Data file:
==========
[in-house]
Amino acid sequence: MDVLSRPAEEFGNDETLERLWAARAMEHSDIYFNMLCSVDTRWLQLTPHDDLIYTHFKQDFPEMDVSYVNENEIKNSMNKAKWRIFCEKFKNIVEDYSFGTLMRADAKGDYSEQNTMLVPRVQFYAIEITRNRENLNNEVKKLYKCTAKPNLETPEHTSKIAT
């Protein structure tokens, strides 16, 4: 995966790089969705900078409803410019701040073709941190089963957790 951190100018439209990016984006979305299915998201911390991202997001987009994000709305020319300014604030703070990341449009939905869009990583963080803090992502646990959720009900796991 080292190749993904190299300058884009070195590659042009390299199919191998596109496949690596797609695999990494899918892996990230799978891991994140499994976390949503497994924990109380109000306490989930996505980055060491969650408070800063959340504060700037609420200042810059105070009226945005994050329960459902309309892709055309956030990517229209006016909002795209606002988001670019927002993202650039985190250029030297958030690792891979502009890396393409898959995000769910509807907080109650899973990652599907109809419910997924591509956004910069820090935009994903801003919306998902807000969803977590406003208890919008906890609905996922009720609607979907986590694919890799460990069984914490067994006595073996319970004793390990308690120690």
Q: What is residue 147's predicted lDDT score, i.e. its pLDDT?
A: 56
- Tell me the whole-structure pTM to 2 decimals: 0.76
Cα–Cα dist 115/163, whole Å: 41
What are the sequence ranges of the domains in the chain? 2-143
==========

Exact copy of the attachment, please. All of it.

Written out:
[in-house]
Amino acid sequence: MDVLSRPAEEFGNDETLERLWAARAMEHSDIYFNMLCSVDTRWLQLTPHDDLIYTHFKQDFPEMDVSYVNENEIKNSMNKAKWRIFCEKFKNIVEDYSFGTLMRADAKGDYSEQNTMLVPRVQFYAIEITRNRENLNNEVKKLYKCTAKPNLETPEHTSKIAT
């Protein structure tokens, strides 16, 4: 995966790089969705900078409803410019701040073709941190089963957790 951190100018439209990016984006979305299915998201911390991202997001987009994000709305020319300014604030703070990341449009939905869009990583963080803090992502646990959720009900796991 080292190749993904190299300058884009070195590659042009390299199919191998596109496949690596797609695999990494899918892996990230799978891991994140499994976390949503497994924990109380109000306490989930996505980055060491969650408070800063959340504060700037609420200042810059105070009226945005994050329960459902309309892709055309956030990517229209006016909002795209606002988001670019927002993202650039985190250029030297958030690792891979502009890396393409898959995000769910509807907080109650899973990652599907109809419910997924591509956004910069820090935009994903801003919306998902807000969803977590406003208890919008906890609905996922009720609607979907986590694919890799460990069984914490067994006595073996319970004793390990308690120690």
Q: What is residue 147's predicted lDDT score, i.e. its pLDDT?
A: 56
- Tell me the whole-structure pTM to 2 decimals: 0.76
Cα–Cα dist 115/163, whole Å: 41
What are the sequence ranges of the domains in the chain? 2-143